I found the beer a touch too floral  for my liking, with a quite pronounced peachy flavour, but it was still pleasant enough. However. at £4.20 a pint it was definitely a beer to sip and savour rather than swill straight down. Unfortunately I didn't get the chance to ask the manager his name, as he was called away to deal with a matter in the restaurant. This was a shame as he seemed really passionate about the beers he was selling.   He had twigged that we were from CAMRA and was apologetic about his single cask offering and the poor state it was in, but in his defence stated that there just wasn't the market for cask ale at the Wells Kitchen,  Apart from the Anchor Liberty Ale, and the Larkins, all the other draught offerings were craft lagers - Freedom, Curious Brew. plus one from Hepworths. They has tried craft-keg ales but like the cask they just hadn't proved popular, so the pub decided to major on craft lager instead.

I will definitely be calling back, as the Wells Kitchen is a welcome addition on the local pub scene. Also it is  good to see someone who is so passionate and enthusiastic about beer behind the bar.  My one gripe however, and this seems to apply to all craft establishments and is a question posed by many a beer blogger, "Why is the stuff so expensive"?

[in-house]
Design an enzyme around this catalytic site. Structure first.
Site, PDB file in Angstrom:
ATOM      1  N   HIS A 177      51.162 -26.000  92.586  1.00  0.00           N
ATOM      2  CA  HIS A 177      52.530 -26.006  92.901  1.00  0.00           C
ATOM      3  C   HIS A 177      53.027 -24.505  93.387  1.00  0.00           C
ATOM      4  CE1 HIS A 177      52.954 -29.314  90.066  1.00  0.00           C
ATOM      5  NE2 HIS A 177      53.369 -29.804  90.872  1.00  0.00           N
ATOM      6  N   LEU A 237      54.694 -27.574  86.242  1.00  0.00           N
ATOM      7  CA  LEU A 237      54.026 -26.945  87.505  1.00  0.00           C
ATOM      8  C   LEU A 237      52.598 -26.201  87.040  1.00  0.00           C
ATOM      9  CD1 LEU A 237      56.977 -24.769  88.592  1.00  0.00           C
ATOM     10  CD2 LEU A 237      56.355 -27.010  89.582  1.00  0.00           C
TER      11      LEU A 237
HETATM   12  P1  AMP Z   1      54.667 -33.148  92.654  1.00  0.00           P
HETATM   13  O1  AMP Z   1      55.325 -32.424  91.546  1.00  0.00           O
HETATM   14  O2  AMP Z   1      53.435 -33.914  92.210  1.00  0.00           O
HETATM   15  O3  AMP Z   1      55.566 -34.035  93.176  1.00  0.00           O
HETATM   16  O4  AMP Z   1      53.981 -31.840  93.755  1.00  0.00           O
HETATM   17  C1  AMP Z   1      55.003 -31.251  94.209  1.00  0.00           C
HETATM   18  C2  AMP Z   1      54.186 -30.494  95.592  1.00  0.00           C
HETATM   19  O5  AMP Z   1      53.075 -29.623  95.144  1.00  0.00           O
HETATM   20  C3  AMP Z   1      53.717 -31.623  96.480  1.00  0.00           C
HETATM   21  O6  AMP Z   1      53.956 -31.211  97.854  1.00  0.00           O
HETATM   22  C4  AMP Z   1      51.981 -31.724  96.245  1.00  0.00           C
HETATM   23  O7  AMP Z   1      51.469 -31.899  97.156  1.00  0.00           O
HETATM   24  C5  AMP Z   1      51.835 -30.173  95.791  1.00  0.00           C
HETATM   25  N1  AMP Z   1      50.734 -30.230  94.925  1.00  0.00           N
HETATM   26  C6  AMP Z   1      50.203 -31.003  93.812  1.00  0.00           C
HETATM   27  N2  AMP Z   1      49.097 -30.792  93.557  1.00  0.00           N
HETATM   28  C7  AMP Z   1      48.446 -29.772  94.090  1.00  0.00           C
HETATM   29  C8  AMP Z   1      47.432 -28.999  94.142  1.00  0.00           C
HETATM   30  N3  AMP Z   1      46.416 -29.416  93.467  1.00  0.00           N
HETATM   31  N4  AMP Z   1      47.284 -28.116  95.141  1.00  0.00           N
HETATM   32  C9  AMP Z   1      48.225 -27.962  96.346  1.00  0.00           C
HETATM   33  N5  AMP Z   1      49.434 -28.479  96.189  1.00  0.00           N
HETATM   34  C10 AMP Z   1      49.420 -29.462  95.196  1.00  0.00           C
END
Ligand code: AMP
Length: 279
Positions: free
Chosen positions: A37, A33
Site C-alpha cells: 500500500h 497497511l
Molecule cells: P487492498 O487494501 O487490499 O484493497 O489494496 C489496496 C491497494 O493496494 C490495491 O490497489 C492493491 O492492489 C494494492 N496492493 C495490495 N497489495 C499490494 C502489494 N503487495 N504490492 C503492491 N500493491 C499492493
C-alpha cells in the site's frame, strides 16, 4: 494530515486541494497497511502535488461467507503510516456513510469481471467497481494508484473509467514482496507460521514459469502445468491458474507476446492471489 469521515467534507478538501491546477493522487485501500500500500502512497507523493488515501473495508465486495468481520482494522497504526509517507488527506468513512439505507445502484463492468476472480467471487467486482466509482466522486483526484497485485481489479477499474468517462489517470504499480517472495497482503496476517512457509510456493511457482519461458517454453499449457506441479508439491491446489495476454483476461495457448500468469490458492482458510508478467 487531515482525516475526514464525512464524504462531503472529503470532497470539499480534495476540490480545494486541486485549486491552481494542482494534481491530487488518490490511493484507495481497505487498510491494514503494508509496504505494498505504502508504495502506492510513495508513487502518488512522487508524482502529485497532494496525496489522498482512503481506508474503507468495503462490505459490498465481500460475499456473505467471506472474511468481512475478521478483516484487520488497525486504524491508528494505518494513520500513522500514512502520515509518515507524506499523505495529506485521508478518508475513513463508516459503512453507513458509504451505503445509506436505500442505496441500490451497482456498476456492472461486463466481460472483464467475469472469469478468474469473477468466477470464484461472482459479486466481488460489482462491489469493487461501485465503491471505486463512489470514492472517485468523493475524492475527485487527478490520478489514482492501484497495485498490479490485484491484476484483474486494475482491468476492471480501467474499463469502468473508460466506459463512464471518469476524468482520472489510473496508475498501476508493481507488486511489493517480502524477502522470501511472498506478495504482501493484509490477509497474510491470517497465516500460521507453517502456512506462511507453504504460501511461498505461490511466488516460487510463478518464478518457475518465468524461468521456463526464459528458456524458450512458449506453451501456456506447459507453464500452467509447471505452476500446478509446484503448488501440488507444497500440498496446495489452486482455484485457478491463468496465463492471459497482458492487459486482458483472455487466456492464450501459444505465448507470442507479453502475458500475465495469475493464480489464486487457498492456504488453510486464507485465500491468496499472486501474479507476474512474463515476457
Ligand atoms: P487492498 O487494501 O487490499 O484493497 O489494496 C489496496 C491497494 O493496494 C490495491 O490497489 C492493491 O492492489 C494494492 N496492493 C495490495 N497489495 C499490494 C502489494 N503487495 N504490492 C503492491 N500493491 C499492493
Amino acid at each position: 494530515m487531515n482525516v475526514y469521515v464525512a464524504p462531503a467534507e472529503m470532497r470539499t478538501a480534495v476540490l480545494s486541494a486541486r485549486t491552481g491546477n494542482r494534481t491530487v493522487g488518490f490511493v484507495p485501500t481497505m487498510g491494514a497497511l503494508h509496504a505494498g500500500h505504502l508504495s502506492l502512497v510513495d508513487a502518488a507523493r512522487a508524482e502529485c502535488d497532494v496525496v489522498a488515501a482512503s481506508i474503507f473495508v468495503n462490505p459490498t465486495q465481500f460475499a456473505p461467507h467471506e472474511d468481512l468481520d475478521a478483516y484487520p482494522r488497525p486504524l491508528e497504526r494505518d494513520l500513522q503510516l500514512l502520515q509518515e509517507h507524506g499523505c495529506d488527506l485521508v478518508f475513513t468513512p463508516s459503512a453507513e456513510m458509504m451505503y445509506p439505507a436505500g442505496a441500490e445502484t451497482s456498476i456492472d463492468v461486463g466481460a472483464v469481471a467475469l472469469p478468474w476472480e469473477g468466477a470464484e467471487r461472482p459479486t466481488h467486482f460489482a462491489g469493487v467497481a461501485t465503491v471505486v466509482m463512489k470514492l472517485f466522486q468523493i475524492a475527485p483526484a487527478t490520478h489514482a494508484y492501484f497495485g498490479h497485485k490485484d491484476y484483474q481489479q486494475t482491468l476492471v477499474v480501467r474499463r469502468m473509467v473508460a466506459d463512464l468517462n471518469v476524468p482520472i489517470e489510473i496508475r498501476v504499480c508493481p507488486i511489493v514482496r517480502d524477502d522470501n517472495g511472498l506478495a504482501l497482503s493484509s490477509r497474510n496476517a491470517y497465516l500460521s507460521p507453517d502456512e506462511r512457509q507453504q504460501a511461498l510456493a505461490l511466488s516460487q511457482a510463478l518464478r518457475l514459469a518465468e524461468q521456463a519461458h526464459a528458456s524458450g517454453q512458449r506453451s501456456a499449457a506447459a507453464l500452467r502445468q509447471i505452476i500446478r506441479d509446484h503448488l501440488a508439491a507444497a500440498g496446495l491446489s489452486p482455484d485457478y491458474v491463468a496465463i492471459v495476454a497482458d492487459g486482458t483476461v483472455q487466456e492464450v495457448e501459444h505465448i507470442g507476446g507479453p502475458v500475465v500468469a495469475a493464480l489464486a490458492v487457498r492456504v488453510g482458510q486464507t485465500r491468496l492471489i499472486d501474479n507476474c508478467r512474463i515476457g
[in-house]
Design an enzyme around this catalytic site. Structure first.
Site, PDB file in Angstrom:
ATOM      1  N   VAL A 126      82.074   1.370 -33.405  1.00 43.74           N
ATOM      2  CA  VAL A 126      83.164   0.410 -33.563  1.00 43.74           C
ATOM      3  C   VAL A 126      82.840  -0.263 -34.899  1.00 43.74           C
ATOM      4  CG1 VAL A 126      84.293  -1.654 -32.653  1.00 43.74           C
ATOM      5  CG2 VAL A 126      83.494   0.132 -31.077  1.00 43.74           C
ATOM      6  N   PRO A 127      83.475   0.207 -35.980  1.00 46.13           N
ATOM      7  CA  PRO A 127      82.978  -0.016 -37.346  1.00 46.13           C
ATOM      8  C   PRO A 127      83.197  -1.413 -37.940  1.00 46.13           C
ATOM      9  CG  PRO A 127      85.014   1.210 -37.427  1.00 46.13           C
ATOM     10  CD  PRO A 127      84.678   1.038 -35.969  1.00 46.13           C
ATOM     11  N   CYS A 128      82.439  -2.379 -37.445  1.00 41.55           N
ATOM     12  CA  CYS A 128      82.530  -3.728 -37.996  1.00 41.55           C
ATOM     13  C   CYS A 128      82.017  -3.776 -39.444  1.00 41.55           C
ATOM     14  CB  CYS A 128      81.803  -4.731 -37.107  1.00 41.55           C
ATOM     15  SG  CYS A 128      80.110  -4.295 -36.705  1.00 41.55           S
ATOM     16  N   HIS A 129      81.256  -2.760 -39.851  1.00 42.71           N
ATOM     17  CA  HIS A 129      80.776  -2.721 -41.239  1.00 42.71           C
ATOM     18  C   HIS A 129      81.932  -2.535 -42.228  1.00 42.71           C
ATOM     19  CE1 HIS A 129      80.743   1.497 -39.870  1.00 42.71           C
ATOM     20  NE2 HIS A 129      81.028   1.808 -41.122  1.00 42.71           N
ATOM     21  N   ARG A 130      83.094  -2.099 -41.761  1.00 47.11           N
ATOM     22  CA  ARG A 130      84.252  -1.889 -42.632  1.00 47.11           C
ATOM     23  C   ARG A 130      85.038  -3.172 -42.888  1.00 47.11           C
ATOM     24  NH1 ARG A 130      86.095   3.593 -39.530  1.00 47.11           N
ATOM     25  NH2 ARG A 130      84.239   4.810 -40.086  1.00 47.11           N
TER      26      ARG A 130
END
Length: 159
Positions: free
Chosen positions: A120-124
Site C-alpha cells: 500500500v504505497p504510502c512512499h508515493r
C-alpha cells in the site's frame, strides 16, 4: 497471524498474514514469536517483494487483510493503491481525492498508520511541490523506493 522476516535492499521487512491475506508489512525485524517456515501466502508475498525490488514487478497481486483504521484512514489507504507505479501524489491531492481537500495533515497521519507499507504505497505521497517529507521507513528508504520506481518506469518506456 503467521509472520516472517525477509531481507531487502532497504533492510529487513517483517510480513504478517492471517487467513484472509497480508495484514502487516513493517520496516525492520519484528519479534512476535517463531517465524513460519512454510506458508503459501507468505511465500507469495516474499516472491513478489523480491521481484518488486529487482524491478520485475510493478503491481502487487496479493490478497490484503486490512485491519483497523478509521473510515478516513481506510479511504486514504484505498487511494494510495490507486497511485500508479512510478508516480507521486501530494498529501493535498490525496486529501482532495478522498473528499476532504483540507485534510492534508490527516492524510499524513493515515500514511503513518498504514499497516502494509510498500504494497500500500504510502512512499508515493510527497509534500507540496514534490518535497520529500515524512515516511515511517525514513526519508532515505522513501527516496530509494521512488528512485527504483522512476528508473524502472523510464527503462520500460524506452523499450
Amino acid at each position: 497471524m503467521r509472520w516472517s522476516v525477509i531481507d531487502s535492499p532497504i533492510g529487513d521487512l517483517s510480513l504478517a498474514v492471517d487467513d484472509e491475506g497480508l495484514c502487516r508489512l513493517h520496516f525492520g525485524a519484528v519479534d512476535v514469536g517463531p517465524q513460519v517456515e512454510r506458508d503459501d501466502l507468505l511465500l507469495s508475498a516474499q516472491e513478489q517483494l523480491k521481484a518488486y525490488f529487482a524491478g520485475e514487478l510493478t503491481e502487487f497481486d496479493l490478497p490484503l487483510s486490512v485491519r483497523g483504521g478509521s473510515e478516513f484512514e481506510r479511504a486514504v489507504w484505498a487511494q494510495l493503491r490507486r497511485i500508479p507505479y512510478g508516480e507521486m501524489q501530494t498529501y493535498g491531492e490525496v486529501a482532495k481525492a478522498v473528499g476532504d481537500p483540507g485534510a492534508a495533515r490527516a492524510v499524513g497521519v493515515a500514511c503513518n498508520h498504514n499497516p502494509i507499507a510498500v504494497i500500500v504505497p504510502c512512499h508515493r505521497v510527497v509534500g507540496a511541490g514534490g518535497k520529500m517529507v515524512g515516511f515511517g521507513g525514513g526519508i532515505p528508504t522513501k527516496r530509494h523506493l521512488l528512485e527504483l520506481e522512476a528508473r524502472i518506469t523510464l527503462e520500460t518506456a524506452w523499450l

ps. The pub also stocks a wide range of bottled beers, which includes ales as well as lagers.

Friday, 7 September 2012

Beer as a Commodity

As more and more people switch from drinking in the pub to drinking at home,  beer is increasingly being regarded as a commodity rather than something to be enjoyed on a night out. A slab or two of canned lager now forms part of many people's weekly grocery spend, and the underlying thought process behind which band to choose is almost invariably that of price. Whatever brand of international lager happens to be on offer that particular week will usually dictate what ends up in the shopping trolley, especially when it is the lady of the house that is making the purchase. I don't mean to sound sexist about this, but I speak from personal experience when stating that is is usually women who are in charge of the weekly shopping budget, so it is inevitable they get to choose what the money is spent on.

We are all aware of the devastating effect this switch in drinking habits is having on pubs, but despite the large price differentials between the price of a pint in the local pub and that of a can from the nearest supermarket, there are other factors, apart from those of cost, that are keeping drinkers in their droves. away from pubs.  For the moment though, rather than elaborate on what these factors are, I want to address the effect this is having on consumer choice, and the availability, and indeed survival of local breweries.